Student architecture award shortlisted

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Despite the disruption caused by Covid-19 to its format this year, the SPAB’s Philip Webb Award drew a record-breaking number of entries, with 31 schemes received from individuals or teams who, between them, represent 19 schools of architecture across the UK. 

This student design competition sets architects in the early stages of their career a demanding dual brief: to devise a scheme which sympathetically revitalises a historic building of their choosing, which has decayed or been neglected, but which can be repaired and adapted for a sympathetic new use. Schemes need to incorporate both careful repair of existing fabric and a significant element of new work in a contemporary design.  The number and quality of the entries this year meant the judges – architects Richard Griffiths, Sarah Khan and Kirstie Robbins, with Robert Davies – had an equally challenging (but very enjoyable) task before them in selecting a shortlist from among the wealth of thoughtful, imaginative, ambitious and beautifully presented work.



From schemes that repurposed industrial, institutional or commercial buildings to proposals that would gently breathe new life into ancient monuments, entrants demonstrated the huge potential benefits of opening up what had been closed and embracing what had been marginalised.  In creating new spaces for learning, making, enjoying and exchanging ideas and skills – many bridging the analogue and digital worlds – entrants re-thought concepts such as ‘factory’, ‘education’ and ‘regeneration’.  Many put community, inclusion, wellbeing and sustainability at the heart of their proposals, questioning conventional approaches of restoration or demolish-and-replace, to advance more creative solutions. A number of schemes tackled large sites: from manufacturing complexes, to whole streets or areas, even to a chain of locations spanning across a whole town or city. The judges were also impressed by entrants’ willingness to see value in, and a creative future for, even buildings that had fallen into advanced dereliction.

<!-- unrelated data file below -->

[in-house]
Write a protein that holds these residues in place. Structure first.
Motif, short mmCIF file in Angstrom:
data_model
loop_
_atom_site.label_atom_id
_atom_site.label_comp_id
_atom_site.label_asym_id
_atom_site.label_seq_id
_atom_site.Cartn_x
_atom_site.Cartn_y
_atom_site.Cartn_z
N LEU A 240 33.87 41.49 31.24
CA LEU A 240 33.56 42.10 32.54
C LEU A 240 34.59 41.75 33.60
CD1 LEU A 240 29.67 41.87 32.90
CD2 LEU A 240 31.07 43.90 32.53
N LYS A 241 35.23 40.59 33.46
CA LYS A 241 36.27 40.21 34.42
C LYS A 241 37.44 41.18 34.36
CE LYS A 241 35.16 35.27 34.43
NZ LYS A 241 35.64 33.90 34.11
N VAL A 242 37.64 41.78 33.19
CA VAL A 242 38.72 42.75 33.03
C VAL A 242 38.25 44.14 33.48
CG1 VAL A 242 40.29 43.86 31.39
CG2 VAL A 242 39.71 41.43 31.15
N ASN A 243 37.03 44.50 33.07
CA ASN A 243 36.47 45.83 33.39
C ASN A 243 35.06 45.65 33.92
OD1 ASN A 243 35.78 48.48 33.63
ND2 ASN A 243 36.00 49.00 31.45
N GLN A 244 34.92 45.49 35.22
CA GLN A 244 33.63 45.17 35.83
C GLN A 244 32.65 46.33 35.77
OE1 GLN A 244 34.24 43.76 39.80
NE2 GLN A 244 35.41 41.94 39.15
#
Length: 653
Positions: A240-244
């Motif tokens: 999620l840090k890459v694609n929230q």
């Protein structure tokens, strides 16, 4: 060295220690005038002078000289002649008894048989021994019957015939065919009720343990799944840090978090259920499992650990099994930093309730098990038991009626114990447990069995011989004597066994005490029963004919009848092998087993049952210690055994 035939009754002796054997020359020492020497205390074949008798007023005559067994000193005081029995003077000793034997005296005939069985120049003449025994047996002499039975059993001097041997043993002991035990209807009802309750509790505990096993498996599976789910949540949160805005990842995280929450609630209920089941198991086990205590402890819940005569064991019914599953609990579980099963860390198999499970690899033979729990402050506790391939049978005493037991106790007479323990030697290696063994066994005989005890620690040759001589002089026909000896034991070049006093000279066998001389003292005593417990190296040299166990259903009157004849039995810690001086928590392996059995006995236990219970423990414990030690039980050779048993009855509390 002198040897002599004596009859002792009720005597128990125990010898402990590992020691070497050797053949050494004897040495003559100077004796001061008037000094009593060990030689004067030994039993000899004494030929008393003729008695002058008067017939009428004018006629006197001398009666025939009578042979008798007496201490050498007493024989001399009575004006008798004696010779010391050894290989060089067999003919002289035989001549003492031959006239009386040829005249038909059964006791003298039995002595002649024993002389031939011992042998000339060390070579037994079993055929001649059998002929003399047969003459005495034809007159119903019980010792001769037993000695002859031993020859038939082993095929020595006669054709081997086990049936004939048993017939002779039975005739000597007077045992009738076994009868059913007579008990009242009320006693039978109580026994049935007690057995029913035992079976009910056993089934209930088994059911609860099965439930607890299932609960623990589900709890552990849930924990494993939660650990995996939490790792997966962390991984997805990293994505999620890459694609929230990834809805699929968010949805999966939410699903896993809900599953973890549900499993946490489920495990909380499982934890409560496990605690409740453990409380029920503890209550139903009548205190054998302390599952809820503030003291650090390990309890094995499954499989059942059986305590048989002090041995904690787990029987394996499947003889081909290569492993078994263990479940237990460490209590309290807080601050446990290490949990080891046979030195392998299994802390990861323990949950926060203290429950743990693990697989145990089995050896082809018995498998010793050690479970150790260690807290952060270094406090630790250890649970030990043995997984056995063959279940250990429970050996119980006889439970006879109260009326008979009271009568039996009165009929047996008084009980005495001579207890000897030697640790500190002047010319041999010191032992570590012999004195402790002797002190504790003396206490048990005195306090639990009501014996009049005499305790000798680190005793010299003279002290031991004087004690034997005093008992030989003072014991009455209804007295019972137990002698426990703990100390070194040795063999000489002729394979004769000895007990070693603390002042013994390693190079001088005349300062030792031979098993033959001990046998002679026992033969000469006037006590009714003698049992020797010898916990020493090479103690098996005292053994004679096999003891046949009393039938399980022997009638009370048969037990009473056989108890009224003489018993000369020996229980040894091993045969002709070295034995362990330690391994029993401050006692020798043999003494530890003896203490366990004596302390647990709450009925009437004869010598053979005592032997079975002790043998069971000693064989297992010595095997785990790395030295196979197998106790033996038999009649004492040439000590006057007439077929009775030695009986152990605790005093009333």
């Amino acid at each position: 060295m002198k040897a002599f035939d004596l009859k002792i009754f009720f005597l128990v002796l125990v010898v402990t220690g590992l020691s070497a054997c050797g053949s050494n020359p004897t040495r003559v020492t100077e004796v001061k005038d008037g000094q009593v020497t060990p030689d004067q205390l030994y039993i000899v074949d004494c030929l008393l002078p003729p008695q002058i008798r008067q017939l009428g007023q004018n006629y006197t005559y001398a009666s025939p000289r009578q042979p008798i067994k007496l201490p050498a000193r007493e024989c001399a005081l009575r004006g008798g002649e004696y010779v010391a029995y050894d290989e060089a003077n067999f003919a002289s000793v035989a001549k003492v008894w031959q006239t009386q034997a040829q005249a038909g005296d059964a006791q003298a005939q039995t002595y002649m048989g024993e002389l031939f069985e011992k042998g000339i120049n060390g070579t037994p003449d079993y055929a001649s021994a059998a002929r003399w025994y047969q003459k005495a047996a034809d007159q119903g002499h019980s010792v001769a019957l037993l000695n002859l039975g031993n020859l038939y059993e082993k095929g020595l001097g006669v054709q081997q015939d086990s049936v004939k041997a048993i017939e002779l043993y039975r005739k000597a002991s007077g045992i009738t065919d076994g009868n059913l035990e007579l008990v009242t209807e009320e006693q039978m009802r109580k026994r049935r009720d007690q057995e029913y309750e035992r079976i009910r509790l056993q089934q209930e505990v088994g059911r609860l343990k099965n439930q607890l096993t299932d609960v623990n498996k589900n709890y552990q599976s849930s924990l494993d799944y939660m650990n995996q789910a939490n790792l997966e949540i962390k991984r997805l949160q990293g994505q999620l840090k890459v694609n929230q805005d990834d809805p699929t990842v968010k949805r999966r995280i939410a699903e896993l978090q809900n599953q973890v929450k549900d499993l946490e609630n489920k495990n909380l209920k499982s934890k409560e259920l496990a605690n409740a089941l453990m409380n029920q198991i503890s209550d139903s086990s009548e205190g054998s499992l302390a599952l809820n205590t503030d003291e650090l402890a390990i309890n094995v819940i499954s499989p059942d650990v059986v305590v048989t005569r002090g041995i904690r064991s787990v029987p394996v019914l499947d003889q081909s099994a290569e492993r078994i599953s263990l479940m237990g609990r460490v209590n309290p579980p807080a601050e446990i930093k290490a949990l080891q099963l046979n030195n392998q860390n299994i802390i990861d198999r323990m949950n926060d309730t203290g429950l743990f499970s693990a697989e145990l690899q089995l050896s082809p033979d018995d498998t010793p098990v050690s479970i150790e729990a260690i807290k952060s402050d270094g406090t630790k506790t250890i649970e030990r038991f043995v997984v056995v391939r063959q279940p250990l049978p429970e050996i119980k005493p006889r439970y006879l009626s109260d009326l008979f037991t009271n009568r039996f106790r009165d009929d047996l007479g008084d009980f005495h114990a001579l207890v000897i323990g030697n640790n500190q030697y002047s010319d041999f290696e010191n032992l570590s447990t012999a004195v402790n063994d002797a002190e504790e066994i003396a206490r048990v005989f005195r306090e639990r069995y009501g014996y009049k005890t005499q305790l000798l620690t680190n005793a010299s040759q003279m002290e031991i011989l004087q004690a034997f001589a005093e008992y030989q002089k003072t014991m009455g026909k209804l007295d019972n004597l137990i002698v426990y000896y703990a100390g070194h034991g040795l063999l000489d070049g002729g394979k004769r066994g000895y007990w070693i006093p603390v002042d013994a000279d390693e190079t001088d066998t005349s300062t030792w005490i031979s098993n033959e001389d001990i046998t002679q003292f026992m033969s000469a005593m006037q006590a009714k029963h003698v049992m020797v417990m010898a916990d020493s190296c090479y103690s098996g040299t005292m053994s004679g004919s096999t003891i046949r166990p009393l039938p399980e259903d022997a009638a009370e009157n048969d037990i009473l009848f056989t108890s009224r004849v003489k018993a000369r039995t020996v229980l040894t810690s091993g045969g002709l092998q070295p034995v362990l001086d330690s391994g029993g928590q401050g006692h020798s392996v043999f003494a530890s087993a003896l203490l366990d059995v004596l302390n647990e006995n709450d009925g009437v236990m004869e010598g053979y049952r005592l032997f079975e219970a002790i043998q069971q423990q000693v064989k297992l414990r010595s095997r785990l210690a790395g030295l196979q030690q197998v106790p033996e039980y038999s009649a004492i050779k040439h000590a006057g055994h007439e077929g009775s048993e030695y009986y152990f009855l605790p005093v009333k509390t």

Having considered all the submissions anonymously against the published judging criteria, and following a lively debate, the judges selected seven schemes to explore in more depth with their designers at an assessment day on 3 November, which will be held online, given the continuing risk posed by the coronavirus pandemic.  The winners will be announced later in the year.

The shortlisted schemes are:
Justin Chung (Manchester) – Islanded: a Reimagined Factory (Dana Prison, Shrewsbury)
Jess Tyson (Nottingham) – Principles of Continuity: Nottingham Arts Centre (Guildhall and Fire Station)
Emma Halford (Cardiff) – Navigation Colliery: Craft, Care & Conservation (Crumlin, South Wales)
Megan Peeks (UWE, Bristol) – Koutoubia Hammam, Marrakech, Morocco
Sarah Edwards (Sheffield) – Institute of Care: a test bed for conservation & repair (Longton, Stoke on Trent)
Shelby Green (De Montford, Leicester) – Caelatura: Long Stairs, Nottingham
Team entry (Birmingham City) – Moseley Road Baths, Balsall Heath, Birmingham by Rebecca Chim, Shannon Ciriaco, Frances Lacey, Annabel Linch, Huma Mahmood, Lechelle Ndlovu, James Timmins

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